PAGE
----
What was Julia doing right this minute? Martina asked herself. It was one thing to have a sister that always let you down. But Julia was so righteous about it, as though her little pacifist views were obvious, and Martina just hadn’t been enlightened yet.
Jībā. Okay, here was a right turn. Martina checked the map again. Yes, certainly a right turn. No doubt about it.
Oh, God, Martina felt so good just to bend her body for a second. She wanted to just linger here at this intersection in a 90-degree pose.
No, had to press on. Had to. It had been 112 rings to the turn. Should she start a fresh count, or keep the tally where it was? If she started fresh, she’d forget 112 eventually, wonder if it was really 121 or something. Okay, the next one was the 113th ring. Go.
Ultimately, Martina’s sister didn’t matter. Martina’s mother didn’t matter. Martina’s mother’s plan didn’t matter. At best, their little plan would allow Rhodes to escape with his life. And that just wasn’t acceptable.
Martina never went into a mission thinking that she would be killed, but she had to admit that the odds in this case weren’t great. She still didn’t know how she, or anyone, would explain this to Peoria and Drigo.
More shit hit Martina’s face. And that’s when it literally hit Martina – these men like Caesar and Genghis Khan and Napoleon – when we put them on pedestals, they have little choice but to shit on the rest of us. That’s what history is. A bunch of shit. It doesn’t stink when we learn it, but it should. When the teachers walk you through the video re-enactments, they should open the bathrooms and let the smell waft over us.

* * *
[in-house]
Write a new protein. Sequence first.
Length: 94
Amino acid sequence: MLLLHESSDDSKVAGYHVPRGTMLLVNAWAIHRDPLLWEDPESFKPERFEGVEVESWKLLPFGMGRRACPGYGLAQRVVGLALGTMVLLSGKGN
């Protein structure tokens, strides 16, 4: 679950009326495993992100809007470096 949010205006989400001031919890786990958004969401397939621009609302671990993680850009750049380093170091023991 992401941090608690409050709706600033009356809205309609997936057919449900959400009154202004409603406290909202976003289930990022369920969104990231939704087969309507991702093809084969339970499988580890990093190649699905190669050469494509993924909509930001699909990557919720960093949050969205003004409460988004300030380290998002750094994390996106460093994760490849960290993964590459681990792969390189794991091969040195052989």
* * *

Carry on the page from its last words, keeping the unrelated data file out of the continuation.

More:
Would Peoria understand that?
Like a lot of people in her generation, Martina had listened to her grandparents talk about how Mars was supposed to be different, a second chance for humanity where we would get it right, but that we’d failed. Martina thought a lot of that was bunk. You couldn’t stop people from being territorial or greedy. Samir Samoset was naïve. War or almost-war was inevitable, whether the planet was named after Mars or Pluto.
Having said that, the bad guys didn’t always have to win. Norine proved that; she was one of the good guys. Martina’s mother represented a kind of leadership that maybe wasn’t new to humanity, but wasn’t exactly celebrated in a lot of history books either. It was a leadership that allowed for corporations and a government to thrive, but also respected the will of people. And it was slipping away. And then the lesson would become that tyranny always wins. And Rhodes would join these other charismatic shitters from history’s long pantheon of shit.